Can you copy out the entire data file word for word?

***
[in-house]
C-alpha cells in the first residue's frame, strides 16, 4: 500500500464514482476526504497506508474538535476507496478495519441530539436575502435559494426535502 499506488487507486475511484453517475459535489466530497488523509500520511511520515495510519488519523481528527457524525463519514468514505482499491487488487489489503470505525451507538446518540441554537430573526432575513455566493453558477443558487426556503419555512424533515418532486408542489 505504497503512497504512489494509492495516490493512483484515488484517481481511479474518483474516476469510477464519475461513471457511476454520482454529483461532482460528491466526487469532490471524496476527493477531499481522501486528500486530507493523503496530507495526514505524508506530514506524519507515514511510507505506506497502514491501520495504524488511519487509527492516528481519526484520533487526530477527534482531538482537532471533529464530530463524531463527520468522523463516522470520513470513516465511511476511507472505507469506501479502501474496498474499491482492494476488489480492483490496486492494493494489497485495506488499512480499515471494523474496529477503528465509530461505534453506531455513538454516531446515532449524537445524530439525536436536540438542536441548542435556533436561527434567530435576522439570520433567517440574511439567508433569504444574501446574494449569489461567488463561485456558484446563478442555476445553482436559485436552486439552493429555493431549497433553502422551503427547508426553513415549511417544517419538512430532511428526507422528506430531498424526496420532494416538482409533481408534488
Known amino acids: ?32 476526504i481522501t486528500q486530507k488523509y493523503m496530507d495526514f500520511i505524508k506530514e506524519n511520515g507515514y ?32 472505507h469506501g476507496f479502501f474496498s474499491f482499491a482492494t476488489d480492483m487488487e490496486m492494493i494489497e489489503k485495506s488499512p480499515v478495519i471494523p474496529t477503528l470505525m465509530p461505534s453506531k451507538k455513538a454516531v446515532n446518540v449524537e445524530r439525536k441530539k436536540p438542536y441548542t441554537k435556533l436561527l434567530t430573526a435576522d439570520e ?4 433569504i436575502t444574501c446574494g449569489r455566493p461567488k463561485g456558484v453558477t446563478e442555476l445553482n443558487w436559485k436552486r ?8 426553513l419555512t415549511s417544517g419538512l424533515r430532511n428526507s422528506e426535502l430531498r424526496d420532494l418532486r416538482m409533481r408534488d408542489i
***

[in-house]
C-alpha cells in the first residue's frame, strides 16, 4: 500500500464514482476526504497506508474538535476507496478495519441530539436575502435559494426535502 499506488487507486475511484453517475459535489466530497488523509500520511511520515495510519488519523481528527457524525463519514468514505482499491487488487489489503470505525451507538446518540441554537430573526432575513455566493453558477443558487426556503419555512424533515418532486408542489 505504497503512497504512489494509492495516490493512483484515488484517481481511479474518483474516476469510477464519475461513471457511476454520482454529483461532482460528491466526487469532490471524496476527493477531499481522501486528500486530507493523503496530507495526514505524508506530514506524519507515514511510507505506506497502514491501520495504524488511519487509527492516528481519526484520533487526530477527534482531538482537532471533529464530530463524531463527520468522523463516522470520513470513516465511511476511507472505507469506501479502501474496498474499491482492494476488489480492483490496486492494493494489497485495506488499512480499515471494523474496529477503528465509530461505534453506531455513538454516531446515532449524537445524530439525536436536540438542536441548542435556533436561527434567530435576522439570520433567517440574511439567508433569504444574501446574494449569489461567488463561485456558484446563478442555476445553482436559485436552486439552493429555493431549497433553502422551503427547508426553513415549511417544517419538512430532511428526507422528506430531498424526496420532494416538482409533481408534488
Known amino acids: ?32 476526504i481522501t486528500q486530507k488523509y493523503m496530507d495526514f500520511i505524508k506530514e506524519n511520515g507515514y ?32 472505507h469506501g476507496f479502501f474496498s474499491f482499491a482492494t476488489d480492483m487488487e490496486m492494493i494489497e489489503k485495506s488499512p480499515v478495519i471494523p474496529t477503528l470505525m465509530p461505534s453506531k451507538k455513538a454516531v446515532n446518540v449524537e445524530r439525536k441530539k436536540p438542536y441548542t441554537k435556533l436561527l434567530t430573526a435576522d439570520e ?4 433569504i436575502t444574501c446574494g449569489r455566493p461567488k463561485g456558484v453558477t446563478e442555476l445553482n443558487w436559485k436552486r ?8 426553513l419555512t415549511s417544517g419538512l424533515r430532511n428526507s422528506e426535502l430531498r424526496d420532494l418532486r416538482m409533481r408534488d408542489i